Going against the tide

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  • Tuesday, 12 Aug 2014

Here's the spot: Abdul Jalil pointing towards the direction of Sungai Tabong from Kuala Tahan where the sturgeon farm is supposed to be built.

KUANTAN: Sturgeon would be imported if it is proven that cultivating the fish species is possible, Fisheries Department director-general Datuk Ahamad Sabki Mahmood said.

“Even though the sturgeon is listed in the Convention on International Trade in Endangered Species of Wild Fauna and Flora (Cites), if it is proved they can be farmed, then permission can be given for the fish to be imported with conditions,” he said after holding a dialogue on new zoning rules with fishermen here recently.

Sturgeons are native to subtropical, temperate and sub-Arctic rivers, lakes and coastlines of Eurasia and North America. Several species of sturgeons are harvested for their roe, which is made into caviar - a luxury delicacy.

The RM120mil sturgeon farming project being developed in Kuala Tahan by Felda Investment Corporation and MMC Hassed Co Ltd of South Korea had drawn objections from the Pahang National Park Tourism Operators Association which feared that it would affect eco-tourism in the area.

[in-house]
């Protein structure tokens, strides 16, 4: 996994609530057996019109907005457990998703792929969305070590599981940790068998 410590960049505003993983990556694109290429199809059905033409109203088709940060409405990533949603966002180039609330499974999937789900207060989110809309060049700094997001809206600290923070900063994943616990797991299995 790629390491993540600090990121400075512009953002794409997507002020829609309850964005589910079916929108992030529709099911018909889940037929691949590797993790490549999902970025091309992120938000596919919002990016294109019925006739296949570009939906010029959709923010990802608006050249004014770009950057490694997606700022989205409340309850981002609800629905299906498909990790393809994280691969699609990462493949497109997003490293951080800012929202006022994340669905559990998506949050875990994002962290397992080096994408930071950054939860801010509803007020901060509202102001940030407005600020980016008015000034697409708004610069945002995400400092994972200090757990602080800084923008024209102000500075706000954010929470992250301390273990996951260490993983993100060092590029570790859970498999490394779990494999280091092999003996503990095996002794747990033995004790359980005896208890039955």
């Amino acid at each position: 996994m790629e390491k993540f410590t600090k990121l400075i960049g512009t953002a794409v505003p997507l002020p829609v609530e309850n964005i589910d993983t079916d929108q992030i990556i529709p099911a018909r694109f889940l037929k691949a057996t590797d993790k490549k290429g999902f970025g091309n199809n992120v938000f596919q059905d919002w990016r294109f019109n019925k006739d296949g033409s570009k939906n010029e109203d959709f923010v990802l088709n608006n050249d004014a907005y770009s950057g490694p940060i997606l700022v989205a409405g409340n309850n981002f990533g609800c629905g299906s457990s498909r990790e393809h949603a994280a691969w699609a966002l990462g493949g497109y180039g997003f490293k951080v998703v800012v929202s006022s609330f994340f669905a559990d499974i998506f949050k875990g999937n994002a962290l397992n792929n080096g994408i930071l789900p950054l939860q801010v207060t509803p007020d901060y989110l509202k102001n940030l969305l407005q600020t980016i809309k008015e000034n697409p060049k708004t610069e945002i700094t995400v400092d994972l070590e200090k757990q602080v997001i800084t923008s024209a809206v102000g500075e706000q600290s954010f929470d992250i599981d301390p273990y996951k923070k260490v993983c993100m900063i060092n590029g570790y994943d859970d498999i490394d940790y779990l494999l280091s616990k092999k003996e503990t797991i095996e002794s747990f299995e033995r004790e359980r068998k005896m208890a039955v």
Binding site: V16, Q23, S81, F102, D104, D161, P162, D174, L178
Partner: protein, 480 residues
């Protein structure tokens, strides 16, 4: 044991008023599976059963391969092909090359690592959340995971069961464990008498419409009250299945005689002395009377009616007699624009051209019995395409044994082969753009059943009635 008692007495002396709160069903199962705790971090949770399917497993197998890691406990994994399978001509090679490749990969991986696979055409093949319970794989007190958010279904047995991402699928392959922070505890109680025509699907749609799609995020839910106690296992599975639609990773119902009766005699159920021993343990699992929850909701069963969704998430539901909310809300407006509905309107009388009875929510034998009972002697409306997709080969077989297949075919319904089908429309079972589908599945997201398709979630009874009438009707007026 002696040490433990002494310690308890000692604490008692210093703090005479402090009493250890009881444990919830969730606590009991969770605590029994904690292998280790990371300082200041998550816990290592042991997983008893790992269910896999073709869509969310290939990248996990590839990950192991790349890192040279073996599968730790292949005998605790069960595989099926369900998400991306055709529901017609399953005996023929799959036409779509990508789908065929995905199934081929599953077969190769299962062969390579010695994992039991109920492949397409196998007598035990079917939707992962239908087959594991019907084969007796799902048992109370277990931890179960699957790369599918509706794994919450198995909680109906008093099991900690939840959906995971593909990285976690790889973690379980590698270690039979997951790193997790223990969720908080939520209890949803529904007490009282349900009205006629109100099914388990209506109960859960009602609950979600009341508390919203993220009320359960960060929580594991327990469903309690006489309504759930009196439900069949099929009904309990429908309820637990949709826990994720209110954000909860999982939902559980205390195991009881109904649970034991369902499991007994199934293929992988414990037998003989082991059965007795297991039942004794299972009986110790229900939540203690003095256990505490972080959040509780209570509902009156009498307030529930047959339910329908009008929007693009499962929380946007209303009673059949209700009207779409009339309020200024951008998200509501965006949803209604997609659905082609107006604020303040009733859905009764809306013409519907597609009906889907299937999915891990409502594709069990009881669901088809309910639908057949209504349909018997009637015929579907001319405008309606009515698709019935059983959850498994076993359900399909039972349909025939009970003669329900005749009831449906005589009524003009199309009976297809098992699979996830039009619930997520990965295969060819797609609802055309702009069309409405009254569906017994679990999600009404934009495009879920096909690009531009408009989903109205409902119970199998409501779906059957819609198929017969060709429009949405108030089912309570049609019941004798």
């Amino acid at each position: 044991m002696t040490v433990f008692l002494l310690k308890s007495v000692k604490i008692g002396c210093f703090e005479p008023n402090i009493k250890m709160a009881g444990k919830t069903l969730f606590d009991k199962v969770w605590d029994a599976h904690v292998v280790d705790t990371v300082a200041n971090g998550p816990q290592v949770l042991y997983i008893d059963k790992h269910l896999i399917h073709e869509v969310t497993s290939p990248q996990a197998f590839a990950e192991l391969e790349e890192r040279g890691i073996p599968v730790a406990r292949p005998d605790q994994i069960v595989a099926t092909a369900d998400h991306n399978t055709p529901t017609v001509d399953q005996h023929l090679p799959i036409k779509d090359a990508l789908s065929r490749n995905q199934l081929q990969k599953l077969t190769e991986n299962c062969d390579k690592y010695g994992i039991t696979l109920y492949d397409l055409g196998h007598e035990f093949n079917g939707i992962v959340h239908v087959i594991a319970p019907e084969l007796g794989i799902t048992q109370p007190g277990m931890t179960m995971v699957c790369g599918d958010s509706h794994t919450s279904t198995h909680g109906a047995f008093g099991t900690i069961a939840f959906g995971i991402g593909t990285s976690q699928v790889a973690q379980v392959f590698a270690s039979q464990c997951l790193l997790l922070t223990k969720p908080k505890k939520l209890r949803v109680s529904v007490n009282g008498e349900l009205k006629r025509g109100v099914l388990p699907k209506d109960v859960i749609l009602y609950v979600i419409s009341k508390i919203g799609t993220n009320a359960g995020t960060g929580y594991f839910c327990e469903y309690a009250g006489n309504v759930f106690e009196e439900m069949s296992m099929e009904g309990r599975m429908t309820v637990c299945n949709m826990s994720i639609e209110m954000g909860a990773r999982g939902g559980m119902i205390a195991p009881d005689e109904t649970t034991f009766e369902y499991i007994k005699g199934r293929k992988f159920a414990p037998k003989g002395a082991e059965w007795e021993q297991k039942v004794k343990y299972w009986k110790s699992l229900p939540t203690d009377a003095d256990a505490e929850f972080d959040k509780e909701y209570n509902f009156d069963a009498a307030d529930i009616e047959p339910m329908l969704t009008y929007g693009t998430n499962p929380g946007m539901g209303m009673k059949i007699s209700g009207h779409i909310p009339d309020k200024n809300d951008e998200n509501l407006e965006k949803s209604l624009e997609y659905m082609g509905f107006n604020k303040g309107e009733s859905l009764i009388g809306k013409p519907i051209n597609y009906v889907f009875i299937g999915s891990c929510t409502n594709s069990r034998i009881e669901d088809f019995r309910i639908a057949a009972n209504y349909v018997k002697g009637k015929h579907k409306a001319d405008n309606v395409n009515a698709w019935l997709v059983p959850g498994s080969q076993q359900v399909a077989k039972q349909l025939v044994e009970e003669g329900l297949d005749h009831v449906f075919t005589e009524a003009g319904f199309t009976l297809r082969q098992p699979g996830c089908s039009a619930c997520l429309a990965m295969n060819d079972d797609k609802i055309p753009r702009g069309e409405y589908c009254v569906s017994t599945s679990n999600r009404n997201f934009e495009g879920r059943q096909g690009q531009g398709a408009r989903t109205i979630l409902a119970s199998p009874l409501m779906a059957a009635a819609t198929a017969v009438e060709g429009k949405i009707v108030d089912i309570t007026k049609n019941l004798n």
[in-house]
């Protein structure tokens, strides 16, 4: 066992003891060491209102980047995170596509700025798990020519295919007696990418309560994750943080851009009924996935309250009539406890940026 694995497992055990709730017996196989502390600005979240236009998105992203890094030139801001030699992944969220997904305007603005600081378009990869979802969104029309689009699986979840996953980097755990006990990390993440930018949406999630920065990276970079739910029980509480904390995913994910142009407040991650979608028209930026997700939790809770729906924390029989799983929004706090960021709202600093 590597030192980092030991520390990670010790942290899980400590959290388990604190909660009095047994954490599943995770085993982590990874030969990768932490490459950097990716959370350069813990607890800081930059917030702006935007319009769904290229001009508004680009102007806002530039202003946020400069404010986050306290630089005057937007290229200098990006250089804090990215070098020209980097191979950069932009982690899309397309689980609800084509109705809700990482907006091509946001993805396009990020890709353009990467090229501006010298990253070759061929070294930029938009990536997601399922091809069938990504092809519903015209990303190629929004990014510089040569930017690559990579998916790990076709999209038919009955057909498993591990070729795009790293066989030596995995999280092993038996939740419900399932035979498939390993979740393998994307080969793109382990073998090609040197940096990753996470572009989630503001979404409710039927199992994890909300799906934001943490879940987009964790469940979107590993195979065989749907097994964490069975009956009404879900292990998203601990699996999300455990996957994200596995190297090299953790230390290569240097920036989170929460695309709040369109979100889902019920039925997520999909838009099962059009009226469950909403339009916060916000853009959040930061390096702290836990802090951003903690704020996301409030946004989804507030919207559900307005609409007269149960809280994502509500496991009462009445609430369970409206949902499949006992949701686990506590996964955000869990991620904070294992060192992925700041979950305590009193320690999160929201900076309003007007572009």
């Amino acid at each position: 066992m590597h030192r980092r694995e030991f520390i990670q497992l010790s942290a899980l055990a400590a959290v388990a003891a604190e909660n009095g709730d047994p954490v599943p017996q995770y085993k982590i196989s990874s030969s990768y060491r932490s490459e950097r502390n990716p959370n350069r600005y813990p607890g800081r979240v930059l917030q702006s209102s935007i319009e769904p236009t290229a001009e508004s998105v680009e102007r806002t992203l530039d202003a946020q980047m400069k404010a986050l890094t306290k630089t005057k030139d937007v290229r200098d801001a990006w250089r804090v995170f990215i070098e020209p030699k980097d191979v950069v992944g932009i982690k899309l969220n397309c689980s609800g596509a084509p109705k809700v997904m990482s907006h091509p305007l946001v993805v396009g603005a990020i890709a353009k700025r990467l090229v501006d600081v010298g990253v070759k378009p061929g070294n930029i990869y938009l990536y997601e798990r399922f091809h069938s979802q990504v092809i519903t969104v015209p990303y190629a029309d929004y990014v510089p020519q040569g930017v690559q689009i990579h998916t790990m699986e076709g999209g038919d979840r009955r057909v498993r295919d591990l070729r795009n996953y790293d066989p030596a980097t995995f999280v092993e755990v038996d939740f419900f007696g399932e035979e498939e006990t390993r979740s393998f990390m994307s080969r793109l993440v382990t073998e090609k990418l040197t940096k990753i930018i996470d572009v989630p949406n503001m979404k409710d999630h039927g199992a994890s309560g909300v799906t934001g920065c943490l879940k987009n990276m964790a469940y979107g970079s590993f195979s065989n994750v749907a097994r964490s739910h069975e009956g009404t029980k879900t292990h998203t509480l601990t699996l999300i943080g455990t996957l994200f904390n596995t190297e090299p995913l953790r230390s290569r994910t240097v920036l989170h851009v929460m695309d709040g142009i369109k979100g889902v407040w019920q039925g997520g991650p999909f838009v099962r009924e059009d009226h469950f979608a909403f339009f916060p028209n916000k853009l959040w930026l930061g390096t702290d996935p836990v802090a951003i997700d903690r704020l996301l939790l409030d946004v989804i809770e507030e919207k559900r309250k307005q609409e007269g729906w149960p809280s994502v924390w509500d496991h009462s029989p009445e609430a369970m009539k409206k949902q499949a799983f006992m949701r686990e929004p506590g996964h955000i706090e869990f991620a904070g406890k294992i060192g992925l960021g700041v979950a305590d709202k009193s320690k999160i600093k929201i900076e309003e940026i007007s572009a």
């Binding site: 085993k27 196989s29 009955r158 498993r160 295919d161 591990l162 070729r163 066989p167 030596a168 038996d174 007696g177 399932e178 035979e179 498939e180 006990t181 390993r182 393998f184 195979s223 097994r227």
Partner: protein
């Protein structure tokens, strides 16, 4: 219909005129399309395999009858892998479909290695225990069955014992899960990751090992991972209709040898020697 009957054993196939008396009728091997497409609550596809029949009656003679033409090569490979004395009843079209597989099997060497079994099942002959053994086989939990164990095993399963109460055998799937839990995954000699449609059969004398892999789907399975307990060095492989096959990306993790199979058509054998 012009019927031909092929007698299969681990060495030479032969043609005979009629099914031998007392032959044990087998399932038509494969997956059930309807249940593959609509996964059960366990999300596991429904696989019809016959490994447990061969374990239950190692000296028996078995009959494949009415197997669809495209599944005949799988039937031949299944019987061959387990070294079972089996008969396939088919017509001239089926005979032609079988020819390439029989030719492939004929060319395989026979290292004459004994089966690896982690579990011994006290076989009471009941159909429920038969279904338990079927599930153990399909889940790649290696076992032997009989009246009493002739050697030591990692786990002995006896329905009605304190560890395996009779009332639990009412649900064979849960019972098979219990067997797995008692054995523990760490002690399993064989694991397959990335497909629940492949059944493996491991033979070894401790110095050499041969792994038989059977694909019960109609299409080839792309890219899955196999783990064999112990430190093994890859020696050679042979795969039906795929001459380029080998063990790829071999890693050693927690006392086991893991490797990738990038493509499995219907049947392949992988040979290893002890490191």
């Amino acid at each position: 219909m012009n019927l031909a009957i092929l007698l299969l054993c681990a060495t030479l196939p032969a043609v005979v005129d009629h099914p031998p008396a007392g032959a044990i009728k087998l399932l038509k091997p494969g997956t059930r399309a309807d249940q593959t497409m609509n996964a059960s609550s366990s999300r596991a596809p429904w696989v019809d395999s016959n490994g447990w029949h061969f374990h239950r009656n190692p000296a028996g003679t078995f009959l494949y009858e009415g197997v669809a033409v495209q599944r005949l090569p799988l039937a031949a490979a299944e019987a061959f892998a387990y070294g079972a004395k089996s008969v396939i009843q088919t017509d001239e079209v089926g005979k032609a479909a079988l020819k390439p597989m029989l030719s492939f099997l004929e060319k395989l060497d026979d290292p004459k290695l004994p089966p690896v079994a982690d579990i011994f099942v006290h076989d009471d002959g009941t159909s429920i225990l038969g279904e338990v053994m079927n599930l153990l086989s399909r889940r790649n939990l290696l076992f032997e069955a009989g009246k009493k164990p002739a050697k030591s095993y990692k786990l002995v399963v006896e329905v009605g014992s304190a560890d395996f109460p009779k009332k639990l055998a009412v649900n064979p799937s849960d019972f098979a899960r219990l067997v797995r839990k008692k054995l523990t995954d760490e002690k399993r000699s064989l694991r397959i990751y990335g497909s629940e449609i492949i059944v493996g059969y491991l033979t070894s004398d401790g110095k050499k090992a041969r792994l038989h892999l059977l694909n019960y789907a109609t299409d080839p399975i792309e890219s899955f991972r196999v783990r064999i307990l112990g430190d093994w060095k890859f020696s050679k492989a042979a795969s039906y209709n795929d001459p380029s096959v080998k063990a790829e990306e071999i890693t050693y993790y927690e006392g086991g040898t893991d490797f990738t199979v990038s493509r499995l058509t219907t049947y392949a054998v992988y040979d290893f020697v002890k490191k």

Its chairman Abdul Jalil Abdul Rahman was that the foreign fish species could pose a threat to the ecosystem and jeopardise the livelihood of those involved in eco-tourism.

The project had also been criticised by Sahabat Alam Malaysia and the Malaysian Nature Society and they said the import of exotic species such as the sturgeon was prohibited under the Fisheries Act Fisheries Regulations (Prohibition of import etc, for fish) (Amendment).

Ahamad Sabki gave an assurance that measures would be put in place to prevent the fish from being released into the wild.

“We have conditions in place and we will monitor the project closely.

“The fish will not escape,” he reiterated.

Ahamad Sabki said the project was important to position the country to farm high-value products.

On the new zoning rules, he said traditional fishermen in Pahang were supportive of the plan to expand the fishing zone from five to eight nautical miles.

“This means trawler fishermen will have to fish further away.

“This is to protect our marine resources and also the livelihood of traditional fishermen,” he said.

Ahamad Sabki added the department would hold a dialogue soon to collect feedback on the proposal to ban trawling.

“This is because the catch from trawlers make up 47% of fish landed in our country.

“Even if we want to ban the use of trawling nets, it should be done in stages and maybe an alternative can be proposed,” he said.

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Environment , sturgeon


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